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SALT LAKE CITY (AP) -- The three children of Richard and Lisa Goff are nearing recovery from the injuries they suffered in a lightning strike that killed their parents, but they are only beginning to understand their loss.
The West Jordan couple were killed Saturday evening when a thunderstorm with hail, hard rain and a barrage of lightning bolts hit the campground at Crystal Lake, about 60 miles east of Salt Lake City and at the 10,000-foot level in the Uinta Mountains.
Richard and Lisa Goff, both 34, their son Dakota, 9, and their daughters Makenzie, 5, and Megan, 18 months, took cover under a tree near the lake shore.
"Lightning hit the tree and killed them (the parents) instantly," said Eric Hansen of West Jordan, a friend of Richard Goff's.
Other campers called for help. When rescue crews arrived, "the kids were basically incoherent," Summit County Sheriff Dave Edmunds said. "They had just seen their parents killed. They were in shock."
The children were airlifted to Salt Lake City hospitals, where they were in good condition and expected to be released to their grandparents by Monday.
"I can deal with one, either of them. I can deal with that. But when both are taken, it's incredible," Lori Ostler, Lisa Goff's sister, told a tv station. "How do you begin to keep this family intact? You tell the little boy who saw his parents get killed that they won't be back, they're gone."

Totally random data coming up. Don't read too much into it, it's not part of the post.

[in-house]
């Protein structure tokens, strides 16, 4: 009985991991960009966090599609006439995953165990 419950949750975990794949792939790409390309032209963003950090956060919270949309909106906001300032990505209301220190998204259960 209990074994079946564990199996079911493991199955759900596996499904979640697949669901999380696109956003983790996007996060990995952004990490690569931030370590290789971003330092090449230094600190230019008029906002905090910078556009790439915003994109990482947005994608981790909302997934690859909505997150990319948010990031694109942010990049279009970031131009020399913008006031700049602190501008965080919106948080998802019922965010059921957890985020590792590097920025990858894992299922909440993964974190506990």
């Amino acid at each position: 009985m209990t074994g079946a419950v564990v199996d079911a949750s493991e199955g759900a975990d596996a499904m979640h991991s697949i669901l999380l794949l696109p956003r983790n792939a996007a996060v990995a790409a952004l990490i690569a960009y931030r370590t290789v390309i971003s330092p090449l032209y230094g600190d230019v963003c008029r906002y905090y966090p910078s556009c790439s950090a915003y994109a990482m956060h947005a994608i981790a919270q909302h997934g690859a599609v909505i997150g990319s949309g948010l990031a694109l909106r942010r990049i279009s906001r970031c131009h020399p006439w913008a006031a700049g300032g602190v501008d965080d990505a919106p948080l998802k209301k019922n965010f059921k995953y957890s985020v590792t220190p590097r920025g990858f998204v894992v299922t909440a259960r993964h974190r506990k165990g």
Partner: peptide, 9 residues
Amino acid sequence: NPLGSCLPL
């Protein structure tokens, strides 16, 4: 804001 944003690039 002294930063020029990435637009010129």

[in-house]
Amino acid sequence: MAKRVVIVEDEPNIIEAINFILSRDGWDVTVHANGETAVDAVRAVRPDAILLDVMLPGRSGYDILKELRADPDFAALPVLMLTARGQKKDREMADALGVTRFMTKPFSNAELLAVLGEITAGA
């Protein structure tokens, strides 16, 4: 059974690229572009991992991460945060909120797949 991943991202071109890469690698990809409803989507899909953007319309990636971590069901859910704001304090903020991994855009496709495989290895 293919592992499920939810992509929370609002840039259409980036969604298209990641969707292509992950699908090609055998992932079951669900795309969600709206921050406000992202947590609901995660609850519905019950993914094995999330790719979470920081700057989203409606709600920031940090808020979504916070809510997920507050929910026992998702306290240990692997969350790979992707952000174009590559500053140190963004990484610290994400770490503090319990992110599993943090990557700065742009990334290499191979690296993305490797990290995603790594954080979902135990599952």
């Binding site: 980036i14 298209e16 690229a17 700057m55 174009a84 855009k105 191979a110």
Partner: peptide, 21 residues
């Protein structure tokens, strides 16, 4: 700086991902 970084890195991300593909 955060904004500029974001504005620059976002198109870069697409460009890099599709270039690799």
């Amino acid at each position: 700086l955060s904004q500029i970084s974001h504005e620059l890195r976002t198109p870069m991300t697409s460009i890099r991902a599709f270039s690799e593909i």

The loss started to sink in for the children Sunday.
"The little girl said several times that she wished her mother was there, but knew she couldn't be," said the family's clerical leader, Bishop Walter Ewell of the Westbrook First Ward of The Church of Jesus Christ of Latter-day Saints. "When her grandmother came she cried and said she knew her mother would never be with her again."
Friends said Megan would cling to her mother and rarely went to anyone else. "It is going to be tough for them," Ewell said.
Rick Goff worked in an auto body shop and his wife was a homemaker. Friends said the family loved boating, fishing, camping, hiking and water skiing.
"If it was an outdoorsy thing, they did it. They loved riding four-wheelers, snowmobiling, just essentially all the outdoor sports," Hansen said.
The children's aunt plans to set up a trust for the three children. You can donate at any Zions Bank starting today.
With their deaths, 66 people have died in Utah from lightning in the past 52 years, and 130 have been injured. More than half of incidents have occurred in July and August.
(Copyright 2003 by The Associated Press. All Rights Reserved.)